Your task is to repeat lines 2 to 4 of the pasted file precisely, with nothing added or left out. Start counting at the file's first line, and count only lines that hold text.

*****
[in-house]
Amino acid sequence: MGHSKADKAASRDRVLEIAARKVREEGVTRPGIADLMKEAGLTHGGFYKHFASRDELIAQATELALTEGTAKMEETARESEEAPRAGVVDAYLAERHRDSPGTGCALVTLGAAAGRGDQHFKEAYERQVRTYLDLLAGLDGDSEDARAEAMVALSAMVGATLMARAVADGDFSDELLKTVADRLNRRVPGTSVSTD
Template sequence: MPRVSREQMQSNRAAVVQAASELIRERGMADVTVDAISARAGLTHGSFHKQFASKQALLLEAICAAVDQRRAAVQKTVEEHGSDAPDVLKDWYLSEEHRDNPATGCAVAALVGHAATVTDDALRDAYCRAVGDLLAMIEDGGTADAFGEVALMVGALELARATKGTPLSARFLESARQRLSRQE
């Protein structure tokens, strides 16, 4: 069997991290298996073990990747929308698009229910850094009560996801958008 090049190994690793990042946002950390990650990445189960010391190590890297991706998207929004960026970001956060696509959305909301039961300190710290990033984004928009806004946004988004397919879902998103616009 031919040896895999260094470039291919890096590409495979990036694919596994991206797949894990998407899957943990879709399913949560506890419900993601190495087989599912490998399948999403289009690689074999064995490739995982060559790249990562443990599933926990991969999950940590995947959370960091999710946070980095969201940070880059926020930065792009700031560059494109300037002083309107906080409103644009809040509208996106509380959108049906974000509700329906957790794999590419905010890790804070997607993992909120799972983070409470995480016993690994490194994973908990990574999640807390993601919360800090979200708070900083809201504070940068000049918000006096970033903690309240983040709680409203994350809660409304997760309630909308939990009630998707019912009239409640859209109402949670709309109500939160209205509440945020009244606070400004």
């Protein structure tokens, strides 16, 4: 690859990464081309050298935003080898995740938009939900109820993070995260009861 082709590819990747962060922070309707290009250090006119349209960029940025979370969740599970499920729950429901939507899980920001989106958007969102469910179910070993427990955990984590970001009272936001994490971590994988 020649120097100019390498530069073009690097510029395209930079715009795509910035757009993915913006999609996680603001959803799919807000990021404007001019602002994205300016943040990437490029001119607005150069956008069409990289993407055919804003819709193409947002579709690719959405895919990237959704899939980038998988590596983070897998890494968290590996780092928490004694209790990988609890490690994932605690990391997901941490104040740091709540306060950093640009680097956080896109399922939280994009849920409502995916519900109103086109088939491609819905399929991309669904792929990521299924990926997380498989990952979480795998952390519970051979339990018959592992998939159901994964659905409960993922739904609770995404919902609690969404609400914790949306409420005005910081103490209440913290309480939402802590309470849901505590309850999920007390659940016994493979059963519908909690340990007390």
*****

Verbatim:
Amino acid sequence: MGHSKADKAASRDRVLEIAARKVREEGVTRPGIADLMKEAGLTHGGFYKHFASRDELIAQATELALTEGTAKMEETARESEEAPRAGVVDAYLAERHRDSPGTGCALVTLGAAAGRGDQHFKEAYERQVRTYLDLLAGLDGDSEDARAEAMVALSAMVGATLMARAVADGDFSDELLKTVADRLNRRVPGTSVSTD
Template sequence: MPRVSREQMQSNRAAVVQAASELIRERGMADVTVDAISARAGLTHGSFHKQFASKQALLLEAICAAVDQRRAAVQKTVEEHGSDAPDVLKDWYLSEEHRDNPATGCAVAALVGHAATVTDDALRDAYCRAVGDLLAMIEDGGTADAFGEVALMVGALELARATKGTPLSARFLESARQRLSRQE
């Protein structure tokens, strides 16, 4: 069997991290298996073990990747929308698009229910850094009560996801958008 090049190994690793990042946002950390990650990445189960010391190590890297991706998207929004960026970001956060696509959305909301039961300190710290990033984004928009806004946004988004397919879902998103616009 031919040896895999260094470039291919890096590409495979990036694919596994991206797949894990998407899957943990879709399913949560506890419900993601190495087989599912490998399948999403289009690689074999064995490739995982060559790249990562443990599933926990991969999950940590995947959370960091999710946070980095969201940070880059926020930065792009700031560059494109300037002083309107906080409103644009809040509208996106509380959108049906974000509700329906957790794999590419905010890790804070997607993992909120799972983070409470995480016993690994490194994973908990990574999640807390993601919360800090979200708070900083809201504070940068000049918000006096970033903690309240983040709680409203994350809660409304997760309630909308939990009630998707019912009239409640859209109402949670709309109500939160209205509440945020009244606070400004």